Impact of elevated CO2 on the metabolic diversity of microbial communities in N-limited grass swards
- Cite this article as:
- Grayston, S.J., Campbell, C.D., Lutze, J.L. et al. Plant and Soil (1998) 203: 289. doi:10.1023/A:1004315012337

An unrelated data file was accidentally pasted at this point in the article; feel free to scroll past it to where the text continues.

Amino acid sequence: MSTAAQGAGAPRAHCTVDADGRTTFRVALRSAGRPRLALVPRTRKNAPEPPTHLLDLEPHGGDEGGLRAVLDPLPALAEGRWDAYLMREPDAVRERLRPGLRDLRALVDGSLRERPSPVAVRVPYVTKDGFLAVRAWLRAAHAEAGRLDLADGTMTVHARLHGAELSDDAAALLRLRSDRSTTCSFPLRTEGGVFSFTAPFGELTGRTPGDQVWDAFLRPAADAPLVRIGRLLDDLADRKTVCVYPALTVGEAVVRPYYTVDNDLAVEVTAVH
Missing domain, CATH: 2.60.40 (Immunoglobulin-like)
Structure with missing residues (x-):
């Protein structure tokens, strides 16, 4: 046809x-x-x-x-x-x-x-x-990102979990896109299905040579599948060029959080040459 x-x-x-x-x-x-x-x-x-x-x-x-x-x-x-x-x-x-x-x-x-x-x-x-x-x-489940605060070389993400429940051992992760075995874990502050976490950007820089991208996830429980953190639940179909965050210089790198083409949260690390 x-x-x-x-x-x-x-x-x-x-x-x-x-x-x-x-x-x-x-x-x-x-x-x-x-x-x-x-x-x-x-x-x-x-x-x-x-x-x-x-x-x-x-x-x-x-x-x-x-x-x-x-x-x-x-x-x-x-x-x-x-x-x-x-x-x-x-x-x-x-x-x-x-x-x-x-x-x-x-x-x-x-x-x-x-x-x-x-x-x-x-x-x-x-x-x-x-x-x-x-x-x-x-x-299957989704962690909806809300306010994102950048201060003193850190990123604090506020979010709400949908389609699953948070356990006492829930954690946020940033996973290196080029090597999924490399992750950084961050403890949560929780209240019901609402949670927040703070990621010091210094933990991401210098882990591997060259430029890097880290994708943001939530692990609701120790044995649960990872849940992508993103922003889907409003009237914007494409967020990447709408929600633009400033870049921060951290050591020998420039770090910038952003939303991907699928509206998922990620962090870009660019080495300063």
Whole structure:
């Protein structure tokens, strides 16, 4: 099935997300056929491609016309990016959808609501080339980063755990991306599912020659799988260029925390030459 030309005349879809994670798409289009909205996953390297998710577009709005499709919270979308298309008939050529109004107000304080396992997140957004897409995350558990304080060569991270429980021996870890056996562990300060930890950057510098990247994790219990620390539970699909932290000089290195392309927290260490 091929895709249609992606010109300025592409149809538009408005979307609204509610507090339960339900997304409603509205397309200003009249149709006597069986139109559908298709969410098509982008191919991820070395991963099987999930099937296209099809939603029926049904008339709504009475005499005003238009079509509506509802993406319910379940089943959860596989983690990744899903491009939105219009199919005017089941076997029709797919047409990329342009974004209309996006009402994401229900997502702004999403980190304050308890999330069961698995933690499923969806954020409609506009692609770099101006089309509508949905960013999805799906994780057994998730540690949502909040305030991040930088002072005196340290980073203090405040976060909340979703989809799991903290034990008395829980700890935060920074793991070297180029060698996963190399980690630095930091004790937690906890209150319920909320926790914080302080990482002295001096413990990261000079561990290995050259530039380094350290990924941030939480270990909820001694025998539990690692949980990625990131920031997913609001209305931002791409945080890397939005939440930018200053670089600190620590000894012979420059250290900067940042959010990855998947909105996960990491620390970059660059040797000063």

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The impact of elevated atmospheric CO2 on qualitative and qua ntitative changes in rhizosphere carbon flow will have important consequences fo r nutrient cycling and storage in soil, through the effect on the activity, biom ass size and composition of soil microbial communities. We hypothesized that mic robial communities from the rhizosphere of Danthonia richardsonii, a n ative C3 Australian grass, growing at ambient and twice ambient CO2 a nd varying rates of low N application (20, 60, 180 kg N ha-1) will be different as a consequence of qualitative and quantitative change in rhizosphere carbon flow. We used the BiologTM system to construct sole carbon source utilisation profiles of these communities from the rhizosphere of D. richardsonii. BiologTM GN and MT plates, the latter to which more ecologically relevant root exudate carbon sources were added, were used to characterise the communities. Microbial communities from the rhizosphere of D. richardsonii grown for four years at twice ambient CO2 had significantly greater utilisation of all carbon sources except those with a low C:N ratio (neutral and acidic amino acids, amides, N-heterocycles, long chain aliphatic acids) than communities from plants grown at ambient CO2. This indicates a change in microbial community composition suggesting that under elevated CO2 compounds with a higher C:N ratio were exuded. Enumeration of microorganisms, using plate counts, indicated that there was a preferential stimulation of fungal growth at elevated CO2 and confirmed that bacterial metabolic activity (C utilisation rates), not population size (counts), were stimulated by additional C flow at elevated CO2. Nitrogen was an additional rate-limiting factor for microbial growth in soil and had a significant impact on the microbial response to elevated CO2. Microbial populations were higher in the rhizosphere of plants receiving the highest N application, but the communities receiving the lowest N application were most active. These results have important implications for carbon turnover and storage in soils where changes in soil microbial community structure and stimulation of the activity of microorganisms which prefer to grow on rhizodeposits may lead to a decrease in the composition of organic matter and result in an accumulation of soil carbon.